10. Vikram, that premise makes sense – am interested also in points Vivek AG raised there concerning: Women, Edu, Urbanization.

    Is it possible for you to show

    1) to what extent exposure to English helped this urbanization?

    2) in what ways do ‘regional pride’ manifest in their lives to foster the empowerment of women and sustain an education system that leads to urbanization?

    3) Would you be able to do a similar post on an Eastern State like WB?

    @ VAG, altho we had read that in History, the significance of the Zamindari/ Raiyatwari system became clearer now! And am almost old!! Spent half my life not ‘knowing’ (I mean knew the fact but not what it really meant in perspective). They teach us Hist so badly here! 🙂

    One never gets anything until one grows old and learns to read and think for oneself. That is what I rail and rant against all the time. Our teaching- learning methods are so ineffective still and outmoded in most cases.

  11. I posted an open letter to you.

  12. I always wanted to read this article in your blog but somehow time has won the battle time and again but not this time 🙂
    the very reason to read this article is I am a tamilian and you are comparing it with the biggest state in our India. And most of the points you have mentioned are true.. due to the two party system here, the government is stable and the verdict of the people is always clear.
    But I am just shocked to see the power generation in UP. Even with so much power being generated here, still shortage prevails here.. I don’t know how people are managing there.
    And for all this development the foremost reason I could say is the education as most of the people in TN know the importance of good education.

    Kanagu, definitely as seen by their achievements in various fields, Tamils are the most educated people in India. This seems to be true there across caste and religious lines.

  13. Fantastic Post, very well researched and shows concisely why UP has so much catching up to do.. And yes, I would agree with kanagu’s post that education is the key for development and enpowerment.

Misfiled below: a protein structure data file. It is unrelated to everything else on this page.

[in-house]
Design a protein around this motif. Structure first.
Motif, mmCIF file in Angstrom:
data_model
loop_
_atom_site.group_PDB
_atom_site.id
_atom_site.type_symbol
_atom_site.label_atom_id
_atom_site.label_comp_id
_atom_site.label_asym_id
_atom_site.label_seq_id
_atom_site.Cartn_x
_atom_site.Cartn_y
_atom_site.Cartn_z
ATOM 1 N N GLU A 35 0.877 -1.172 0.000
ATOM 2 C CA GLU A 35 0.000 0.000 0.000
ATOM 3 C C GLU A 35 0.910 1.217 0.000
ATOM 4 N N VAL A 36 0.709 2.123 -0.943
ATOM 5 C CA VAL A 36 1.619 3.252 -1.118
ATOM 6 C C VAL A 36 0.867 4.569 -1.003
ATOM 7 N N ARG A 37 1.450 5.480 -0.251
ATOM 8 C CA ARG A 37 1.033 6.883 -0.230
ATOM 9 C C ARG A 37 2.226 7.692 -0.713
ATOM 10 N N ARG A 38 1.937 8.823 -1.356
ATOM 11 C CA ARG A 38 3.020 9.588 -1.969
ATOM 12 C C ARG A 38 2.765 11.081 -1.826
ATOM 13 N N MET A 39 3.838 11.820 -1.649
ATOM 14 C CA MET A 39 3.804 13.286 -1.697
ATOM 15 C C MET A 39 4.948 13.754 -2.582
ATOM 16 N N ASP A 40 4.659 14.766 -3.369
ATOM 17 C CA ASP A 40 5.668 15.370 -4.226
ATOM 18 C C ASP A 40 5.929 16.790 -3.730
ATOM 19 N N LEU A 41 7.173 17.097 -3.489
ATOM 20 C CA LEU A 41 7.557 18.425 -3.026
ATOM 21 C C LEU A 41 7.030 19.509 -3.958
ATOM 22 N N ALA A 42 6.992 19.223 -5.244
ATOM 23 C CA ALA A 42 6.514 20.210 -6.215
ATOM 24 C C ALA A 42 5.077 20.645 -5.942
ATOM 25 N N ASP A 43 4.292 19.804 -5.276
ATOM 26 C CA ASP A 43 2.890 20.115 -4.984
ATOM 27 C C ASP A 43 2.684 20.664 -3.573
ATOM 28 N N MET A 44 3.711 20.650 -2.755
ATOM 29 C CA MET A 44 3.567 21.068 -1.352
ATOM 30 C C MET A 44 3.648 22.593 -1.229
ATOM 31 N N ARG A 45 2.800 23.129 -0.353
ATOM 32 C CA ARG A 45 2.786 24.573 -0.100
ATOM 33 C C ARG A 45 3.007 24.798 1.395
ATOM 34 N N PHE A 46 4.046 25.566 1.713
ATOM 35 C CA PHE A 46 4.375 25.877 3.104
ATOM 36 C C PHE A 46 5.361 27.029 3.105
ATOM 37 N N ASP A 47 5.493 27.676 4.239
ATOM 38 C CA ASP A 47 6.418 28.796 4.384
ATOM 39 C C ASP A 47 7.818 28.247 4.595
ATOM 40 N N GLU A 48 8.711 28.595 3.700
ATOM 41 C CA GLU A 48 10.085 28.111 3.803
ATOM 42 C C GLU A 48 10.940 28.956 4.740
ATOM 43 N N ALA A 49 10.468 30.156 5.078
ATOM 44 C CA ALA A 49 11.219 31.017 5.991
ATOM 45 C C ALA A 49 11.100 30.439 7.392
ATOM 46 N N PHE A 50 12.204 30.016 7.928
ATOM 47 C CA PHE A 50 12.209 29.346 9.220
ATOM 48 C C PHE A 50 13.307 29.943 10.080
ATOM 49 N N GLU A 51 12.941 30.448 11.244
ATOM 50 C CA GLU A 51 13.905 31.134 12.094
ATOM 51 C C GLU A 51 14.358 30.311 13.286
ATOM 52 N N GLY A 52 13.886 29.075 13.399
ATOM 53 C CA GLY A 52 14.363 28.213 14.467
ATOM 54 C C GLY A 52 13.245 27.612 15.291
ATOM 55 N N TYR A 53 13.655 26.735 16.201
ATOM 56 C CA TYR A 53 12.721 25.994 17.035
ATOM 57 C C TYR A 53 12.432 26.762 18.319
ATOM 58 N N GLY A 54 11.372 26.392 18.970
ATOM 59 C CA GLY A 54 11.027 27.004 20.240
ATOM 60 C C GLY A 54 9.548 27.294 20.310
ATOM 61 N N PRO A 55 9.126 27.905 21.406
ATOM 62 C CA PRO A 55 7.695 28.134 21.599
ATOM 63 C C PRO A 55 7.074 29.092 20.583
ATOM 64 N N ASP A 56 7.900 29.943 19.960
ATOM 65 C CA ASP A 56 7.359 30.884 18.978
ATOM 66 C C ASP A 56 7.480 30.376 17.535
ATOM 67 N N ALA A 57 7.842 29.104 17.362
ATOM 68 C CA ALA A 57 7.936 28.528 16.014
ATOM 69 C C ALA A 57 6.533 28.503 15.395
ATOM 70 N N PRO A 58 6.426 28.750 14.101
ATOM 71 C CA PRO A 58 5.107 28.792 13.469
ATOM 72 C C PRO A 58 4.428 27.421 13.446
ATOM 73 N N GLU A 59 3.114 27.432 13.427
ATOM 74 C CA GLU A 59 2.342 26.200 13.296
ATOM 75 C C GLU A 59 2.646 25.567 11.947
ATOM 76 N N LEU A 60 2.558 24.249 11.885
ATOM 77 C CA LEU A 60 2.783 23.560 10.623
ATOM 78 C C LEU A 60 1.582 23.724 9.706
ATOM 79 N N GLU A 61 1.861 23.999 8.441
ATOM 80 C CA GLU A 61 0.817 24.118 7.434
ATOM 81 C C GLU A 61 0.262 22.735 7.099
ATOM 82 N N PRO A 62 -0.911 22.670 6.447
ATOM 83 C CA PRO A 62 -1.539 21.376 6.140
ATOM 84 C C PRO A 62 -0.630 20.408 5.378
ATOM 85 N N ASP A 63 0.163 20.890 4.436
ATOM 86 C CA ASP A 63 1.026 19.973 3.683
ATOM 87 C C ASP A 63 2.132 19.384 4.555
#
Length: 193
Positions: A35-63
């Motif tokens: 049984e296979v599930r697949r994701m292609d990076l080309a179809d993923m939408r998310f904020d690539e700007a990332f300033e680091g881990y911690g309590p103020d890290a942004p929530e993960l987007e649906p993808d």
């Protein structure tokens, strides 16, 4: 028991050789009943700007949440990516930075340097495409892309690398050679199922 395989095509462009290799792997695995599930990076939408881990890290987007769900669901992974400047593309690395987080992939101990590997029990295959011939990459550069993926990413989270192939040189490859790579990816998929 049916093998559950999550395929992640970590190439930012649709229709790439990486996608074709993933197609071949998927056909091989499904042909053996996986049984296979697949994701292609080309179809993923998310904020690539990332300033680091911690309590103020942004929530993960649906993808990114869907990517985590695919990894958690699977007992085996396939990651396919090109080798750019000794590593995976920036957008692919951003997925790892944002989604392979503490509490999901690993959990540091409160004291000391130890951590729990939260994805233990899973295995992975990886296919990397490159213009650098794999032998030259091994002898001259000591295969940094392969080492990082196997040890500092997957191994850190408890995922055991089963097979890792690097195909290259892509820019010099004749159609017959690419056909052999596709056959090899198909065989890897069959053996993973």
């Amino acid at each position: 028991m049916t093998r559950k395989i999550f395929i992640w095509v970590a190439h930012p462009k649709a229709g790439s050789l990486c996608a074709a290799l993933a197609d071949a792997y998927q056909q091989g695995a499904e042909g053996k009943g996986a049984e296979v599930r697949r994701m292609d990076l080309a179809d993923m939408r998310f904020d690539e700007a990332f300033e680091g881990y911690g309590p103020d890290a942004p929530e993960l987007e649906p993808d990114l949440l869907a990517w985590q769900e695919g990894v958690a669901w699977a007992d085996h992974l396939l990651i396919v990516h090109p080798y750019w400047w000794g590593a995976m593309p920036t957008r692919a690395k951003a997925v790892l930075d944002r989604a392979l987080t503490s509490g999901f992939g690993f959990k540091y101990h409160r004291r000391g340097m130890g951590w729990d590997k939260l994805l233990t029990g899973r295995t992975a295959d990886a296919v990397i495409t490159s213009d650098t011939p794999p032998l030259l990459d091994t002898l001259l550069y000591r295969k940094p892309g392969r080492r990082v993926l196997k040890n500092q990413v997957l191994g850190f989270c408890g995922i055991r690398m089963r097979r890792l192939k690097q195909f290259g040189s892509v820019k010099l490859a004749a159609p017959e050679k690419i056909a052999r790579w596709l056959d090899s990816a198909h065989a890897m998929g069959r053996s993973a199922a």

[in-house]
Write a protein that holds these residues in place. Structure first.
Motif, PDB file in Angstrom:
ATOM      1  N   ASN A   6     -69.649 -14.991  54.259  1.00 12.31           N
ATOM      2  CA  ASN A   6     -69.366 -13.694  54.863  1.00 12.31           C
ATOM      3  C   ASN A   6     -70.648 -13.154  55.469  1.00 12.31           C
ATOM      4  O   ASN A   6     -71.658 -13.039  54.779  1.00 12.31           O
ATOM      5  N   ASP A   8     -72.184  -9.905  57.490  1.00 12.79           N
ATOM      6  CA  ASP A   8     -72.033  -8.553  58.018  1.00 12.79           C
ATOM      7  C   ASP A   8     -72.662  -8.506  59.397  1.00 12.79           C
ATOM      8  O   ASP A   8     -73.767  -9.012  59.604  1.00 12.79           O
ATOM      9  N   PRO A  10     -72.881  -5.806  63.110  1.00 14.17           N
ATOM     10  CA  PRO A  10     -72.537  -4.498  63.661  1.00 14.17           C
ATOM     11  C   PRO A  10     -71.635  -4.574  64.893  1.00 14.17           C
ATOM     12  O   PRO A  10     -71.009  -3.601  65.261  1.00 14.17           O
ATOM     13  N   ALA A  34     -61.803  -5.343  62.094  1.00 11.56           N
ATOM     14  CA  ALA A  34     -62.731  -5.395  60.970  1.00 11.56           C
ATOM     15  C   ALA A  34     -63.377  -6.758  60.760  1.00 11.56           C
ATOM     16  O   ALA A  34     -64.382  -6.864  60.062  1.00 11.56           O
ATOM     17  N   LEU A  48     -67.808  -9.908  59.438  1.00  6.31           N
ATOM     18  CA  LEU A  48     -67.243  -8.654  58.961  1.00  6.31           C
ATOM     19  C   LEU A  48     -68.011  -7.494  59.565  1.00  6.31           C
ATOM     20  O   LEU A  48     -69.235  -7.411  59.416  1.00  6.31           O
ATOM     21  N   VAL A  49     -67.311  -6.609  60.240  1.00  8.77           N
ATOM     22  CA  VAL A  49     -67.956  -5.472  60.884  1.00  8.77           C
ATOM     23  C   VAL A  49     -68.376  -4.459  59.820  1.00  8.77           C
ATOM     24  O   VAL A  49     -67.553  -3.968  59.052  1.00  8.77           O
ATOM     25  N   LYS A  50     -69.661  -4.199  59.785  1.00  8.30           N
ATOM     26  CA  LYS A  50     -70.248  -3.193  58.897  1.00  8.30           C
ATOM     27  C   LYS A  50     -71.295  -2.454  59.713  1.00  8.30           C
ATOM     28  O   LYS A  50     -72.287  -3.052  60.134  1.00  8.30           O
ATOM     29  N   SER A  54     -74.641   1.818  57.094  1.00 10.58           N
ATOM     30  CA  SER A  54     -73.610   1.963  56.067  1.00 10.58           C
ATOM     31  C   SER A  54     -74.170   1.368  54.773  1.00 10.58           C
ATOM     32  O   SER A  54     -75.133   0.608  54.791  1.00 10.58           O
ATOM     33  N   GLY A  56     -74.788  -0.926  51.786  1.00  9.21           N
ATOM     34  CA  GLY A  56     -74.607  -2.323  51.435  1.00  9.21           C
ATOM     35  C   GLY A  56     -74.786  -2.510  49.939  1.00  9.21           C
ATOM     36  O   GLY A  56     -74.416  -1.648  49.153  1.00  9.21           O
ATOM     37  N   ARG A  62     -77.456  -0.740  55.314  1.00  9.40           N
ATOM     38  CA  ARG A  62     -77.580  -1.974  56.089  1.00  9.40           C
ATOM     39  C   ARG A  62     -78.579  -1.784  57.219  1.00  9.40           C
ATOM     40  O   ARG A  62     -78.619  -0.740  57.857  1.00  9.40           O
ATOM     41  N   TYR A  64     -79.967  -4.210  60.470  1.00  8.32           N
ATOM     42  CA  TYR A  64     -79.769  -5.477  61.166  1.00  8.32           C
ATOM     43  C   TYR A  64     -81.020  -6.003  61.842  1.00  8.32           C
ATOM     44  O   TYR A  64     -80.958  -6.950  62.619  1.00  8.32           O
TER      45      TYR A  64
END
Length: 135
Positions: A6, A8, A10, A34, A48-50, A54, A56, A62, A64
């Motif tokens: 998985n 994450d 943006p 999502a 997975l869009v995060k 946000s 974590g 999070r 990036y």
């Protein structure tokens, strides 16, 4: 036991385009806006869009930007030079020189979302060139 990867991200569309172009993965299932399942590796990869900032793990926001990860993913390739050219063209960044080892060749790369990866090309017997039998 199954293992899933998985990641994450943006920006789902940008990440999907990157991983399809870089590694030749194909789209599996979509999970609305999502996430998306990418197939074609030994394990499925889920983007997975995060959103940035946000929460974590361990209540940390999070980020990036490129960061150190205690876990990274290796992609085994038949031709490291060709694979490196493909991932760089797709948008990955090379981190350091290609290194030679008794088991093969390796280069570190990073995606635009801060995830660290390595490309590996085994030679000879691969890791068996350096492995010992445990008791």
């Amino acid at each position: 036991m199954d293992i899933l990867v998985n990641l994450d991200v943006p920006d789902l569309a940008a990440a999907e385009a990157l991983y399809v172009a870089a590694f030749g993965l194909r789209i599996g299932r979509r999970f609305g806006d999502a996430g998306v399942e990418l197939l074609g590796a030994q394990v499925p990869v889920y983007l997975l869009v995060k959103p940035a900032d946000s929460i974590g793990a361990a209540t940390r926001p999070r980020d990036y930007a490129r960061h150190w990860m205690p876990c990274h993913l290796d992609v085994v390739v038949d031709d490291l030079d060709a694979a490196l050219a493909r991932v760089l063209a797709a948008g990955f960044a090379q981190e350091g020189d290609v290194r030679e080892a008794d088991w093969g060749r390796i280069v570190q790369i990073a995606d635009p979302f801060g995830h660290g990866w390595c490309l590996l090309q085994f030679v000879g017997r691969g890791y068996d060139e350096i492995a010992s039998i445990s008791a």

14. Interesting analysis. It would be interesting to see how the relative percentage of “upper castes/classes” vs. the “lower/backward classes” shaped the power structures in these two states and thus impacted the economic power structures. I think it might be insightful to look at the classes/castes of rural farm land holders post independence in both these states and see how that shaped power structures. From what I see in Andhra and Karnataka, the major rural farm land owners were not Brahmins. Is that true in TN?

    The other factor that I think played a significant role is that pointed out by Vivek – the zamindari system and how it played out power structures in rural area. I believe that this Zamindari system was more implemented in the rule of Islamic empires in India. It will be interesting to compare the rates of development that had the zamindari system for a long time vs. those that did not.

  15. In TN, I believe the major landowners were Brahmins who have now moved to the white collar jobs. They have little political importance but significant economic importance.

    In UP, the major landowners were the Thakurs, who have actually been the principal adversaries of the Dalits in UP. Mayawati saw this and realized that Brahmins and Dalits in UP dont really have much to fight about. The Thakurs have been made politically irrelevant by the emergence of the SP and BSP.